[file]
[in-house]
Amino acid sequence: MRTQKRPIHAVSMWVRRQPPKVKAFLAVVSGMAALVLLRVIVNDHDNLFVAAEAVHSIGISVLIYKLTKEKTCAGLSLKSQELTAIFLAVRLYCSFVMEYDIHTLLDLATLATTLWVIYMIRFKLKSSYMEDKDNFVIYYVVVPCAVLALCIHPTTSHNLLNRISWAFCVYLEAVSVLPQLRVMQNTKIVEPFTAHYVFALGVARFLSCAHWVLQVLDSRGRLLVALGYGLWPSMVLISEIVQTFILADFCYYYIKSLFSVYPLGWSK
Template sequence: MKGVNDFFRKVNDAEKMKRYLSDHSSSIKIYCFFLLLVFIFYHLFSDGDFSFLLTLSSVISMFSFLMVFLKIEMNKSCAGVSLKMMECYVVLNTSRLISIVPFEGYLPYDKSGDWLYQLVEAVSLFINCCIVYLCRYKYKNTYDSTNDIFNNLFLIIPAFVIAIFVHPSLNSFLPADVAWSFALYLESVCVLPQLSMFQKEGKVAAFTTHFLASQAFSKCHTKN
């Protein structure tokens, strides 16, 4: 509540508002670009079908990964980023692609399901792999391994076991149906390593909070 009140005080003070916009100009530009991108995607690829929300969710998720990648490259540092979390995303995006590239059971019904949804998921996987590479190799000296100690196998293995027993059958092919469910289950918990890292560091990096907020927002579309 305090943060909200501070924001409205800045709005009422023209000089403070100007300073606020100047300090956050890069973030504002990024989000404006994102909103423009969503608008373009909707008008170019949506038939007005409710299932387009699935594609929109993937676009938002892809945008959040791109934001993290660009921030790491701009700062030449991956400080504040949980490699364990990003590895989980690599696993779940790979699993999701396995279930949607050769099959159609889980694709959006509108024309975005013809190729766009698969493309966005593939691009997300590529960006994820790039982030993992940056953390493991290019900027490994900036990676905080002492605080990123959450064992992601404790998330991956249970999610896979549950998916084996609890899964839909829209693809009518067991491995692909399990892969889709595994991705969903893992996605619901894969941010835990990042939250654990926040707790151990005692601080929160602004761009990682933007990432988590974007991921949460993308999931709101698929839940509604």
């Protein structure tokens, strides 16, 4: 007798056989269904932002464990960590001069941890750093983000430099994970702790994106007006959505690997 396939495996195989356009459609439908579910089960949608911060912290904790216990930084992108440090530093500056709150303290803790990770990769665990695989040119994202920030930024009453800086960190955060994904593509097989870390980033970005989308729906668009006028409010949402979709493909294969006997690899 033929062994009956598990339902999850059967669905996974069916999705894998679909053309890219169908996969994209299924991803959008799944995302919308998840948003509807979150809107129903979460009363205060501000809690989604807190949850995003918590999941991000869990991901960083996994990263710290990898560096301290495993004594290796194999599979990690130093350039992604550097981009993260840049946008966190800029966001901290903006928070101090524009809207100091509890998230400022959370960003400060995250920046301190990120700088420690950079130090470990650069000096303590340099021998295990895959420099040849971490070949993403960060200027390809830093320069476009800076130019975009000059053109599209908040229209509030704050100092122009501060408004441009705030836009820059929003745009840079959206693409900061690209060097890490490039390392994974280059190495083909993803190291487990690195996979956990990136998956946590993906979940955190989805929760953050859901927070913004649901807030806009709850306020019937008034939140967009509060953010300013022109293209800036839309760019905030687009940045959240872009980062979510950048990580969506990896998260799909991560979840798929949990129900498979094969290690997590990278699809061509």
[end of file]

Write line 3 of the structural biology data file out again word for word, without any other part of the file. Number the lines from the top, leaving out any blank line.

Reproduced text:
Template sequence: MKGVNDFFRKVNDAEKMKRYLSDHSSSIKIYCFFLLLVFIFYHLFSDGDFSFLLTLSSVISMFSFLMVFLKIEMNKSCAGVSLKMMECYVVLNTSRLISIVPFEGYLPYDKSGDWLYQLVEAVSLFINCCIVYLCRYKYKNTYDSTNDIFNNLFLIIPAFVIAIFVHPSLNSFLPADVAWSFALYLESVCVLPQLSMFQKEGKVAAFTTHFLASQAFSKCHTKN